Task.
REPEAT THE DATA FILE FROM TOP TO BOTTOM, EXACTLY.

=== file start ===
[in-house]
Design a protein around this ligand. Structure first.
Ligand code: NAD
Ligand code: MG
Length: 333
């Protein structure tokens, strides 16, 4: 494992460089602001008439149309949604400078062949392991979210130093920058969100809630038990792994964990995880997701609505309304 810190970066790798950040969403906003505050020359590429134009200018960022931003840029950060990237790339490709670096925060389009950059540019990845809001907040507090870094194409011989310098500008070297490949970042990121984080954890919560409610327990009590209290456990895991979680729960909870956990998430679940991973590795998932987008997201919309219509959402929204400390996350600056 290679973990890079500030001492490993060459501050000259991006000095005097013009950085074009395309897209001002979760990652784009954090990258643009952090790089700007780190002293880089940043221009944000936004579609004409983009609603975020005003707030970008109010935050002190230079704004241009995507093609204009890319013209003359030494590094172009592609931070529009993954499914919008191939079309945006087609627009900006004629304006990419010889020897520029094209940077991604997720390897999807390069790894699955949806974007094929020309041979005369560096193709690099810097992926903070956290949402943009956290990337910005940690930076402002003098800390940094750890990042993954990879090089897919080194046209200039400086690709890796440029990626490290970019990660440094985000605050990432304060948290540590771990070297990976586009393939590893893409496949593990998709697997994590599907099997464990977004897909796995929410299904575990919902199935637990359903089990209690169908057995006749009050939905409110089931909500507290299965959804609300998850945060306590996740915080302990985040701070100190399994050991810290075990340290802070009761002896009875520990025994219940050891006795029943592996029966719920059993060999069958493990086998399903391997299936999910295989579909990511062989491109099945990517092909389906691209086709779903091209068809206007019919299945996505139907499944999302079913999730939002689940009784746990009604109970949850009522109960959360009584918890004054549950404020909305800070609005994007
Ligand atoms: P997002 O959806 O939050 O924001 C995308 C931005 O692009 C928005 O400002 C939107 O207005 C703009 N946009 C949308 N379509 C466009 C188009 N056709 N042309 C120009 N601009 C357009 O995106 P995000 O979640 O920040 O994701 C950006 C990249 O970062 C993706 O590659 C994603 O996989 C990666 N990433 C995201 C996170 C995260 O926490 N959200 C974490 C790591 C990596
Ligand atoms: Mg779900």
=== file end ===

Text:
[in-house]
Design a protein around this ligand. Structure first.
Ligand code: NAD
Ligand code: MG
Length: 333
């Protein structure tokens, strides 16, 4: 494992460089602001008439149309949604400078062949392991979210130093920058969100809630038990792994964990995880997701609505309304 810190970066790798950040969403906003505050020359590429134009200018960022931003840029950060990237790339490709670096925060389009950059540019990845809001907040507090870094194409011989310098500008070297490949970042990121984080954890919560409610327990009590209290456990895991979680729960909870956990998430679940991973590795998932987008997201919309219509959402929204400390996350600056 290679973990890079500030001492490993060459501050000259991006000095005097013009950085074009395309897209001002979760990652784009954090990258643009952090790089700007780190002293880089940043221009944000936004579609004409983009609603975020005003707030970008109010935050002190230079704004241009995507093609204009890319013209003359030494590094172009592609931070529009993954499914919008191939079309945006087609627009900006004629304006990419010889020897520029094209940077991604997720390897999807390069790894699955949806974007094929020309041979005369560096193709690099810097992926903070956290949402943009956290990337910005940690930076402002003098800390940094750890990042993954990879090089897919080194046209200039400086690709890796440029990626490290970019990660440094985000605050990432304060948290540590771990070297990976586009393939590893893409496949593990998709697997994590599907099997464990977004897909796995929410299904575990919902199935637990359903089990209690169908057995006749009050939905409110089931909500507290299965959804609300998850945060306590996740915080302990985040701070100190399994050991810290075990340290802070009761002896009875520990025994219940050891006795029943592996029966719920059993060999069958493990086998399903391997299936999910295989579909990511062989491109099945990517092909389906691209086709779903091209068809206007019919299945996505139907499944999302079913999730939002689940009784746990009604109970949850009522109960959360009584918890004054549950404020909305800070609005994007
Ligand atoms: P997002 O959806 O939050 O924001 C995308 C931005 O692009 C928005 O400002 C939107 O207005 C703009 N946009 C949308 N379509 C466009 C188009 N056709 N042309 C120009 N601009 C357009 O995106 P995000 O979640 O920040 O994701 C950006 C990249 O970062 C993706 O590659 C994603 O996989 C990666 N990433 C995201 C996170 C995260 O926490 N959200 C974490 C790591 C990596
Ligand atoms: Mg779900």